What I have witnessed in real-life interactions and also on this platform, is that masculinity and being a man are linked and most troublingly is that it is expressed in terms that imply its relation to women and femininity.
Sure most men are straight, and rightfully the conversation will include analysis on how those many men interact with women and how their relationships are influenced by their expression of masculinity.
. . . but . . . I am always asking myself, what about me?
I surely can’t be such an isolated case that there is no relevant space for me? And so, I always feel like a peripheral man on the sideline of masculinity; wanting to enter the space but understanding that there is a greater group of men that also must have their space and deserve the airtime they are finally getting to release and free up their limbs from being trapped in ‘the man box’ for as long as they can remember. I think of these things while also questioning whether or not I even have any right to any space on this platform or conversation the way I feel so sidelined.
I’m sure I’m not the only one who feels this way. There is a lack of representation in men’s spaces that only go to create a feeling of exclusion. Sure, lack of representation alone isn’t enough to claim an unwelcoming atmosphere, what causes it is a seeming reluctance of men to entertain those men that seek to put forward their faces to increase representation. It creates a perception that masculinity is for a certain group of people …
That’s where the problem is with men’s platforms, there is a profound lack of identifying what makes a man and who can qualify to achieve manhood beyond mystic/ethereal concepts that don’t translate well into the lived experiences of the people that ask these questions.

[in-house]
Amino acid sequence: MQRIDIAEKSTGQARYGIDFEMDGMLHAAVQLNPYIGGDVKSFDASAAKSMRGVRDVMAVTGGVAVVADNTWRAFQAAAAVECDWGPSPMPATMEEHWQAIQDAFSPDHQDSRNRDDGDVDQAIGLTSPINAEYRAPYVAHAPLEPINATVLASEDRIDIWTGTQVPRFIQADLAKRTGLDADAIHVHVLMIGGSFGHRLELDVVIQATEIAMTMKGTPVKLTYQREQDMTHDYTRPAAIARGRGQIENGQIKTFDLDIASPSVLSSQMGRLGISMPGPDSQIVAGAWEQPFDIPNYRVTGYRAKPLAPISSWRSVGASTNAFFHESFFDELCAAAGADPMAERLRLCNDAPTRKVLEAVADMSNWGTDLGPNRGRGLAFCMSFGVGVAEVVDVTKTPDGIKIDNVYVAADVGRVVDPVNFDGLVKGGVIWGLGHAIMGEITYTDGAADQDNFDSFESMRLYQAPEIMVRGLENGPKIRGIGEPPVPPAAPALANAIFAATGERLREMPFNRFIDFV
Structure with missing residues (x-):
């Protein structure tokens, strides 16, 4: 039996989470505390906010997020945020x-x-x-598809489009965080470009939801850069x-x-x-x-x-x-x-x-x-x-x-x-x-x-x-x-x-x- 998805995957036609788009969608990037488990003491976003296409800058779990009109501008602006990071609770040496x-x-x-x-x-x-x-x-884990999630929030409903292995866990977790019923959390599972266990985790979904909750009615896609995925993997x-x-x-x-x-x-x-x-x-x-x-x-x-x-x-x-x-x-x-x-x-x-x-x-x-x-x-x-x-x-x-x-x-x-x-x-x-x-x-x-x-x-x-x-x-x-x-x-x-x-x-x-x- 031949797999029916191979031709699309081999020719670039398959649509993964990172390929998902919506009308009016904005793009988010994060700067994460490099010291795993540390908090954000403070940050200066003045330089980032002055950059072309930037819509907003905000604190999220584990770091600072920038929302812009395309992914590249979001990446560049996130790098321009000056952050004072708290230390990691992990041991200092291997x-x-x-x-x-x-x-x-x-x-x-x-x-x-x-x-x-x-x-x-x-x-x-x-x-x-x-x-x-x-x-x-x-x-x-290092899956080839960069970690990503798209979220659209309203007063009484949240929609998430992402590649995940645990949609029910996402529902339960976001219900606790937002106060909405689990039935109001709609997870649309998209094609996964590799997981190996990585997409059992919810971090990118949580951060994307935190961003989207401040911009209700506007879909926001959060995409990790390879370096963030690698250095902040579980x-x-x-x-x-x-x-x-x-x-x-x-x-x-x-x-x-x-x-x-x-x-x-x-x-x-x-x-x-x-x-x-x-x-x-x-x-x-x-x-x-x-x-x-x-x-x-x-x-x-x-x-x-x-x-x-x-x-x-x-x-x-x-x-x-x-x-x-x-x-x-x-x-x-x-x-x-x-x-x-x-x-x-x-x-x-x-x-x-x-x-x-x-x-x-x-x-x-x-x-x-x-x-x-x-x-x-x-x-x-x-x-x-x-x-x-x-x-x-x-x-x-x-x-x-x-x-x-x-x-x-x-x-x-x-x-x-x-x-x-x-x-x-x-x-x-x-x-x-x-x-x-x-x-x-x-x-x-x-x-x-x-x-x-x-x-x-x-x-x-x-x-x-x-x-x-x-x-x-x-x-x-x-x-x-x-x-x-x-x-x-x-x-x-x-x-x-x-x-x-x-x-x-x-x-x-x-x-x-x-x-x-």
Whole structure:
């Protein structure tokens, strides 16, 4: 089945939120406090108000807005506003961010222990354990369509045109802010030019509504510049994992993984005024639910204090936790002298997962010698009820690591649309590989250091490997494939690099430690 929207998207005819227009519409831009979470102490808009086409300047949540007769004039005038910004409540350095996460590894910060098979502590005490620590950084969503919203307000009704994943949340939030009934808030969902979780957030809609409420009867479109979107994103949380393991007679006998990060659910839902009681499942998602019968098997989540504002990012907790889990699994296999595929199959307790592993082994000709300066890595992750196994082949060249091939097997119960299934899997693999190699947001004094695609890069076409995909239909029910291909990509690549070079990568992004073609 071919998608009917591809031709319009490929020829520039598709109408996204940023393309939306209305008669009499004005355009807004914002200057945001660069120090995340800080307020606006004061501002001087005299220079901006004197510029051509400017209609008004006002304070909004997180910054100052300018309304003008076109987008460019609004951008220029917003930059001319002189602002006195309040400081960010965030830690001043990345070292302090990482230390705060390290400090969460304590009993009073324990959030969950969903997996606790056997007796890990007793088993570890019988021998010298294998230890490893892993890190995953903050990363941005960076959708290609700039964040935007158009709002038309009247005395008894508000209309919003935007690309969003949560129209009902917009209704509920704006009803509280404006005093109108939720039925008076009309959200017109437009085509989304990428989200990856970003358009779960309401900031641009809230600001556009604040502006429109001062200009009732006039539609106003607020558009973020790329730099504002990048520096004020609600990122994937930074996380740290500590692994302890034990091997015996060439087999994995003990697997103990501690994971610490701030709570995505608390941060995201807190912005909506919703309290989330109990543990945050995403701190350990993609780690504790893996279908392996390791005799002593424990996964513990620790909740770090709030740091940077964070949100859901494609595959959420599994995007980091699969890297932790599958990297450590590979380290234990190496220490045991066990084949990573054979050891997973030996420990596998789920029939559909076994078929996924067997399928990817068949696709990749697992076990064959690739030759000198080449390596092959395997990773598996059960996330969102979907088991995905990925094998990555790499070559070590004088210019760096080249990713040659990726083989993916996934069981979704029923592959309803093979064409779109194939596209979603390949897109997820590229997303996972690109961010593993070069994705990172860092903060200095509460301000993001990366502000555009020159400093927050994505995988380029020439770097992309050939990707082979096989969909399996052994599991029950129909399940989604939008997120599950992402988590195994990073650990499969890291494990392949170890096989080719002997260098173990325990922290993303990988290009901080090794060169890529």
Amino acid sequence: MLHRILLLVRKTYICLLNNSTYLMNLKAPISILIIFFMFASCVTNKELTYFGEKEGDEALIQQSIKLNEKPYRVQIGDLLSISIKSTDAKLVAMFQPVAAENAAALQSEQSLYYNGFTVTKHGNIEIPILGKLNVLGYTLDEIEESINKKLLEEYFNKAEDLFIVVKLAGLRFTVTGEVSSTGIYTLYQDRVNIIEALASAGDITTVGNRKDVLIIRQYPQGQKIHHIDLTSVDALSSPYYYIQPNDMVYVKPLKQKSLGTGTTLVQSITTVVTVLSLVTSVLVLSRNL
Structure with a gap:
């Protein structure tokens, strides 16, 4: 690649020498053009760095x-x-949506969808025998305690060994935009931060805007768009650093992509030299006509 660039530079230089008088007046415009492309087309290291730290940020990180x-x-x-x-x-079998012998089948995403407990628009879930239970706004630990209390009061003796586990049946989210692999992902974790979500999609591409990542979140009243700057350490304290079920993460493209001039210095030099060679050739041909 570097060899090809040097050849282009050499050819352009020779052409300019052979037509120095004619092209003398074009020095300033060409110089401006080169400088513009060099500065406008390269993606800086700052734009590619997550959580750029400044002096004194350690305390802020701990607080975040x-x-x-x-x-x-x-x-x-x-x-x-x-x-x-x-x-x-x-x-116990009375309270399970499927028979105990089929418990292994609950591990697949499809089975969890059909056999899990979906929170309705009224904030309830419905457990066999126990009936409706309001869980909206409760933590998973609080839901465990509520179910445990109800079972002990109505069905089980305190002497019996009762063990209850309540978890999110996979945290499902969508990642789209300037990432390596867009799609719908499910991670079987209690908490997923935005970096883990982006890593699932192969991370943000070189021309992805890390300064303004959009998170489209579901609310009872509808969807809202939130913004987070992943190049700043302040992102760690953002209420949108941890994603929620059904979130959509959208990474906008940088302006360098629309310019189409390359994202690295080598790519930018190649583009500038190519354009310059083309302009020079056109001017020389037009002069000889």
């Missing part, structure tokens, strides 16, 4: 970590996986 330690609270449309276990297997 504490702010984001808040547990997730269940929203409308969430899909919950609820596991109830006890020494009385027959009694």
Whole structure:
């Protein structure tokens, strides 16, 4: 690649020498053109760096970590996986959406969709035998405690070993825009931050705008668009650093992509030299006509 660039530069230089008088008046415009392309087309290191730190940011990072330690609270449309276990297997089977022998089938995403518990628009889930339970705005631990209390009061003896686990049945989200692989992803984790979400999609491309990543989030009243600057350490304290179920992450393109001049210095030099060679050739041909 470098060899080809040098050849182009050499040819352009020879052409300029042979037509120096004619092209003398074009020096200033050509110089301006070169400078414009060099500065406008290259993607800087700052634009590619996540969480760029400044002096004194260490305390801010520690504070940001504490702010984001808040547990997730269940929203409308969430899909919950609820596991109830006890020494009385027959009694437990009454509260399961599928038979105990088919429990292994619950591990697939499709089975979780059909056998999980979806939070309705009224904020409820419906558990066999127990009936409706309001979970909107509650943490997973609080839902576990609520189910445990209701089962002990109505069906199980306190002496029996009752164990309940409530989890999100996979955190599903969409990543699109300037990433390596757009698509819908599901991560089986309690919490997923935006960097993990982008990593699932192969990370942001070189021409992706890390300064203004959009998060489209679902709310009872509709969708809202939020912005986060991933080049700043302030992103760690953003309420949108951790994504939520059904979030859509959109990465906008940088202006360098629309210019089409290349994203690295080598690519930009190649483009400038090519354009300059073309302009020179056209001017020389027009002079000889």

Many times I have come across that philosophy that seems to say that one is a man if one says they are a man. This sound a little disingenuous to me because masculinity is not self contained, and I have an issue in denying the very real experience of most men who have felt the pressure to perform masculinity as ‘evidence.’ The most harrowing was when I was asked, very sincerely, to display my genitals because they just didn’t believe I was ‘male enough.’ If masculinity is performative then, it seems to me, it’s something only a chosen group can pull off because I just fail . . . repeatedly.
Not all issues of masculinity are about finding balance or ‘taming the lion,’ it is also about finding identity and relation to a part of us that we have never felt a part of—unless, of course, I was never part of it—just too different from the rest that it becomes meaningless to find identity amongst men as another man.
Sure, my issues as a male are different from the average male; I have to navigate my maleness and also my sexuality—not as in bedroom problems—but internal issues that eat me inside every now and then. And now I am understanding that I have never felt that men’s spaces provided me with the sense of belonging. Maybe I expected too much and these spaces aren’t for people like me. If that is so, it would be nice to be notified. I don’t want to overstay my welcome.